HTML5 Placeholder Attribute: Quick Guide

html5 placeholder

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Guide: HTML5 Placeholder Attribute: Quick Guide

One of my favorite new pieces in HTML5 is the ability to add something Placeholder text easy. The text placeholder is the gray text found in an input field that is used to give users a hint as to what input is expected in that field. Once users start typing in the input field, this text disappears.

We used to do this often with JavaScript, as follows;

There is nothing wrong with this practice, but it is easier on HTML5.

HTML5 introduced a new attribute with a logical name; placeholder. Here’s an example:

If we look at it in the browsers, the input should now have the gray text as seen below;

A few things to note: According to the specification, the placeholder attribute should not be used as an alternative to a label, and it is also recommended to apply this attribute only to input types that require text, e.g. Text, password, search, email, text box and tel.

Add placeholder to the input types: radio and checkbox makes no difference.

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Placeholder and CSS

Additionally, formatting the placeholder text via CSS is also possible, but at the time of writing this is still limited to Firefox and Webkit browsers only.

The following example shows how we change the placeholder text to green, both in Webkit and Firefox;

input :: – webkit-input-placeholder {color: green;} input: -moz-placeholder {color: green;}

placeholder green

However, keep in mind that the :: – webkit-input-placeholder and: -moz-placeholder will only affect the text and cannot be written in parallel.

input :: – webkit-input-placeholder, input: -moz-placeholder {color: green;}

This piece of code will not work.

Attribute selector

CSS3 also came to support this feature with the introduction of the [placeholder] attribute selector;

imports[placeholder] {border: 1px solid green;}

In the example above, we select each entry that has the placeholder attribute and change the border to green.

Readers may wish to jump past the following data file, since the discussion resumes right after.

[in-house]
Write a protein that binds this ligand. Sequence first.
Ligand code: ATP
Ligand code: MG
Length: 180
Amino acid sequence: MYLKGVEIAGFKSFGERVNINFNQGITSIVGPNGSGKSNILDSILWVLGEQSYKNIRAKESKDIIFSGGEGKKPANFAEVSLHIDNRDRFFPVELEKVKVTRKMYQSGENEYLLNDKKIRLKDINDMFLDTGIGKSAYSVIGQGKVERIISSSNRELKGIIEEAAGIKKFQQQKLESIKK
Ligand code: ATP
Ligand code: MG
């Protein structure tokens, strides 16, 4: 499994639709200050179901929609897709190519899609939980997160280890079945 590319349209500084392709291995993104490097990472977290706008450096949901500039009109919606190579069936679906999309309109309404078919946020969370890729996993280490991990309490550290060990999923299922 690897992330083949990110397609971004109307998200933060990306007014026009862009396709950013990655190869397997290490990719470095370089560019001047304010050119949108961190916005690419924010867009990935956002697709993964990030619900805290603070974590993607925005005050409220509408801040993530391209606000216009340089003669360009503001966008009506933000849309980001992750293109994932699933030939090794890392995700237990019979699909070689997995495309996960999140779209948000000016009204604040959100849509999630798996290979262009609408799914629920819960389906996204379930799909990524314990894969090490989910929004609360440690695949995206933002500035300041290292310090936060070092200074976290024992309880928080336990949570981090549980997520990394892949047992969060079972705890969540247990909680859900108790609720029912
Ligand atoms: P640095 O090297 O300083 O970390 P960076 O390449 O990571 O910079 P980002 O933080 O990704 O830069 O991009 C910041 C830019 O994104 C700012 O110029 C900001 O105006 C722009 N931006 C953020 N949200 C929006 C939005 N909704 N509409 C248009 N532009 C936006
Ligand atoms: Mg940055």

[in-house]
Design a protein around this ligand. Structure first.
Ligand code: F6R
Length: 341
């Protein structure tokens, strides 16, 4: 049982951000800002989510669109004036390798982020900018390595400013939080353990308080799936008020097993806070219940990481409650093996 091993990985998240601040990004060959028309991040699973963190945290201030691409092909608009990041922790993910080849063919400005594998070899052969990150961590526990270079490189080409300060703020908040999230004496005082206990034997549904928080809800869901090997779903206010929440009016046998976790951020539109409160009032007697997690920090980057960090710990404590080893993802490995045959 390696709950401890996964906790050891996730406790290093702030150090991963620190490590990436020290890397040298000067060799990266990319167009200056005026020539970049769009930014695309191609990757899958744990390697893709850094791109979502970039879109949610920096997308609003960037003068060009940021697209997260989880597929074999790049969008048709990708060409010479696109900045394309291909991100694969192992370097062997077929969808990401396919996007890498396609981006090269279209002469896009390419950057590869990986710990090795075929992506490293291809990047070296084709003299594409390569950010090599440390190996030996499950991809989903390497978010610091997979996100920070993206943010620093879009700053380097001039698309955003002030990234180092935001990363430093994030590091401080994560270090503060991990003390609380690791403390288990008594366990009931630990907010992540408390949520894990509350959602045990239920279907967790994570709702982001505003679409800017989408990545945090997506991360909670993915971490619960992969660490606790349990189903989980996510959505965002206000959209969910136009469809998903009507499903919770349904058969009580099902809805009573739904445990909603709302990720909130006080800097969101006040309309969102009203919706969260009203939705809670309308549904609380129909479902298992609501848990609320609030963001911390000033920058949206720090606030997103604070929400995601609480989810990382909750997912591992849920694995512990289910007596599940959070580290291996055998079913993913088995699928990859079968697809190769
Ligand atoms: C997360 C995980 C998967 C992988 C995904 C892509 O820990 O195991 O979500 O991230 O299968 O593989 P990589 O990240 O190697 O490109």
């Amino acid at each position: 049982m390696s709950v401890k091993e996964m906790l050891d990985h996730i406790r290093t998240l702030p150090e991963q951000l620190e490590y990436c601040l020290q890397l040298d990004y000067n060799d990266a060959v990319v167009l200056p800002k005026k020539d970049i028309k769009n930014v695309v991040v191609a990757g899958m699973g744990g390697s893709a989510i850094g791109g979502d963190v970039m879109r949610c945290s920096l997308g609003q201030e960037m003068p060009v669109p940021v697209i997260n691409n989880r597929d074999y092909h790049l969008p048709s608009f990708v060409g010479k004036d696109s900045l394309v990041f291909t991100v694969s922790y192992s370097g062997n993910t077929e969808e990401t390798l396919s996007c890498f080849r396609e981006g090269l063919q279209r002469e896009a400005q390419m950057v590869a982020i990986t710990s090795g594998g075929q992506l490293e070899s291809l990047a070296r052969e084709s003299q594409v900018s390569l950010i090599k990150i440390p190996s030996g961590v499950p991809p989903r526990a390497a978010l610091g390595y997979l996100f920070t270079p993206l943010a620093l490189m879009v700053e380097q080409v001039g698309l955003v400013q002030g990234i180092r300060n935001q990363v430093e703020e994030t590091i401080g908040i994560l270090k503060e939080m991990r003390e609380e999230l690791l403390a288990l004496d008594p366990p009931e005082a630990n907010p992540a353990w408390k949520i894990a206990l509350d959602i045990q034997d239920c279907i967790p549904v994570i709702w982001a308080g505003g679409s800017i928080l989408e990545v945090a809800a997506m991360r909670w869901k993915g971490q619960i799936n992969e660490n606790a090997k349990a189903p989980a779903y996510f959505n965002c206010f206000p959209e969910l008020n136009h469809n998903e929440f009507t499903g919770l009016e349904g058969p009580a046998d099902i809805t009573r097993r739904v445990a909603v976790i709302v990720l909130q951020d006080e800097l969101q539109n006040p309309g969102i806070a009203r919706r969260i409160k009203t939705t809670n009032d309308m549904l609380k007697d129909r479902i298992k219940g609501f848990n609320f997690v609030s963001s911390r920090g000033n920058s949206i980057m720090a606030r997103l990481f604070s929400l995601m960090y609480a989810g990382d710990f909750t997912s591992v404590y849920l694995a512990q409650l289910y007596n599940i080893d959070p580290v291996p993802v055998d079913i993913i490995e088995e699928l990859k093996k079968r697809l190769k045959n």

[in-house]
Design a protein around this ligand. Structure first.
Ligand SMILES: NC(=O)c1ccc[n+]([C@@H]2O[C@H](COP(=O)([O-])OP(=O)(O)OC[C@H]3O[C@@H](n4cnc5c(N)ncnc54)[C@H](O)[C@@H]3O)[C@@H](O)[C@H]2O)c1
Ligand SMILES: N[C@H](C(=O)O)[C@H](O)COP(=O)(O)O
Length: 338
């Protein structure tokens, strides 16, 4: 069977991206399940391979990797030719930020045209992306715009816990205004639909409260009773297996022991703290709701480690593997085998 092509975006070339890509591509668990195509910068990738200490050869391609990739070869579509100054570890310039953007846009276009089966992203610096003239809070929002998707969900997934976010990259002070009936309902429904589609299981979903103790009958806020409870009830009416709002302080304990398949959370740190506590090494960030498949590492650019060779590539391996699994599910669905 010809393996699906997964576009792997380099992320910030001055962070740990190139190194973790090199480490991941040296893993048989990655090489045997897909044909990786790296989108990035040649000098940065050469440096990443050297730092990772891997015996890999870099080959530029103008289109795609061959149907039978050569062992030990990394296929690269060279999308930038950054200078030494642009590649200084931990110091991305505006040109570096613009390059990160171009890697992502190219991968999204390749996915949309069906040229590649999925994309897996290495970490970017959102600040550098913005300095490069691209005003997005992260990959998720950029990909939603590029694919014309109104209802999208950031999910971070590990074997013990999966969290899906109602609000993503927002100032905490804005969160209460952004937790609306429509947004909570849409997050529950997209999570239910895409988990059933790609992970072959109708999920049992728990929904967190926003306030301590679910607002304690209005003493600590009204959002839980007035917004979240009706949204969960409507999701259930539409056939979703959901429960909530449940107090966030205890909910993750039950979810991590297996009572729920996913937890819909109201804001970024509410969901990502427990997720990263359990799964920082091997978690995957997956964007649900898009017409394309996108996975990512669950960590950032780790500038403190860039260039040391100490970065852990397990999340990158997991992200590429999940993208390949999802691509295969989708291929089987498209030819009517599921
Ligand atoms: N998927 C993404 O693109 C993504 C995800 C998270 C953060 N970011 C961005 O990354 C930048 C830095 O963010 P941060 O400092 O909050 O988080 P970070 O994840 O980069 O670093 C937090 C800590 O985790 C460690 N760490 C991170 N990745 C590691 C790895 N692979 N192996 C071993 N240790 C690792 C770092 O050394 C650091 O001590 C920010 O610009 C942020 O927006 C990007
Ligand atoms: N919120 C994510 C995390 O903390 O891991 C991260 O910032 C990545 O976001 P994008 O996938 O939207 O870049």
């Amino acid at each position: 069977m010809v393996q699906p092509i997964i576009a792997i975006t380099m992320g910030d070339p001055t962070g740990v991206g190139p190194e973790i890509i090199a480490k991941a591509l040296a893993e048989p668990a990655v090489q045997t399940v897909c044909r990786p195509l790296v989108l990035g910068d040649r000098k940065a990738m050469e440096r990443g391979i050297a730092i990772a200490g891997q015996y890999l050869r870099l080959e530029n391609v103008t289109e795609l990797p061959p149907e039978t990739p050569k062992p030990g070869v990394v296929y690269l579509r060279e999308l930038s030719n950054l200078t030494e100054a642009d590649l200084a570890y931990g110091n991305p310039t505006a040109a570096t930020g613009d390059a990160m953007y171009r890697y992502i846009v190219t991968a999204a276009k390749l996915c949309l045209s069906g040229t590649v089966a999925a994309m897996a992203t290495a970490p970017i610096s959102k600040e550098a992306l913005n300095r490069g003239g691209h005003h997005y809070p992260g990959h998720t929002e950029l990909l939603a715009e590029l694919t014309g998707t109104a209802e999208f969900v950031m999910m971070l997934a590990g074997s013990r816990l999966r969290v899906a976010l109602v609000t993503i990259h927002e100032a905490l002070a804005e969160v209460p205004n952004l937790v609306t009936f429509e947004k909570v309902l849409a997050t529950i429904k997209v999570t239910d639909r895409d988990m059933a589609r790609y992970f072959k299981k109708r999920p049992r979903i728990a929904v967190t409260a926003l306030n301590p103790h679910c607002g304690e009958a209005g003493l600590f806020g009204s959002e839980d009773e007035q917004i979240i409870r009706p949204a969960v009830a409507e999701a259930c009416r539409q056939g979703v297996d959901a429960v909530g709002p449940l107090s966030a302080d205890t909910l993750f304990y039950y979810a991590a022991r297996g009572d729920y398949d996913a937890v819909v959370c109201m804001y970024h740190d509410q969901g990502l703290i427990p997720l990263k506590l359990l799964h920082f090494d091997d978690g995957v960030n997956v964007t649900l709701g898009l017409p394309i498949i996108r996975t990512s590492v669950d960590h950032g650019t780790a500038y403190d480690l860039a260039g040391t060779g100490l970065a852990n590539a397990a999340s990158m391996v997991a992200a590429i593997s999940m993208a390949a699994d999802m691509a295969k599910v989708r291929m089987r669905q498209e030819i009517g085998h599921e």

att selector

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Browser compatibility

These new HTML5 feature unsurprisingly, it is not supported in old browsers and is currently only fully supported in: Firefox 4+, Chrome 4+, Safari 5+, Opera 11.6 and Internet Explorer 10 (which has not yet been officially released).

Placeholder Polyfills

However, if we need to display the placeholder in older browsers, but can still use the placeholder attribute, we can use Polyfills. There are many Placeholder Polyfills beyond that, but in this example we’re going to use the PlaceMe.js;

The PlaceMe.js, as you can see in the code snippet above, depends on jQuery. If we now look at it in, say, Internet Explorer 9, all input should now display the placeholder text.

  • Watch demo
  • Download source
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Final Thought

The HTML5 placeholder attribute certainly makes adding placeholder text easier. Now it is up up to us, web developers and designers, to choose which method to use: JavaScript or HTML5.

Considering that using Polyfills and jQuery to support legacy browsers is redundant, JavaScript is apparently more suitable for the task. But if you can peacefully ignore the old browsers, using HTML5 Placeholder is probably a better way.

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HTML5 Placeholder Attribute: Quick Guide: benefits

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Tutorial summary of HTML5 Placeholder Attribute: Quick Guide

In this guide, we told you about the HTML5 Placeholder Attribute: Quick Guide; please read all steps so that you understand HTML5 Placeholder Attribute: Quick Guide in case if you need any assistance from us, then contact us.

How this tutorial helping you?

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What is actual time in which this method complete?

The time to complete the HTML5 Placeholder Attribute: Quick Guide tutorial is 10+ minutes.

What are the supported Device?

PC Laptop or Desktop

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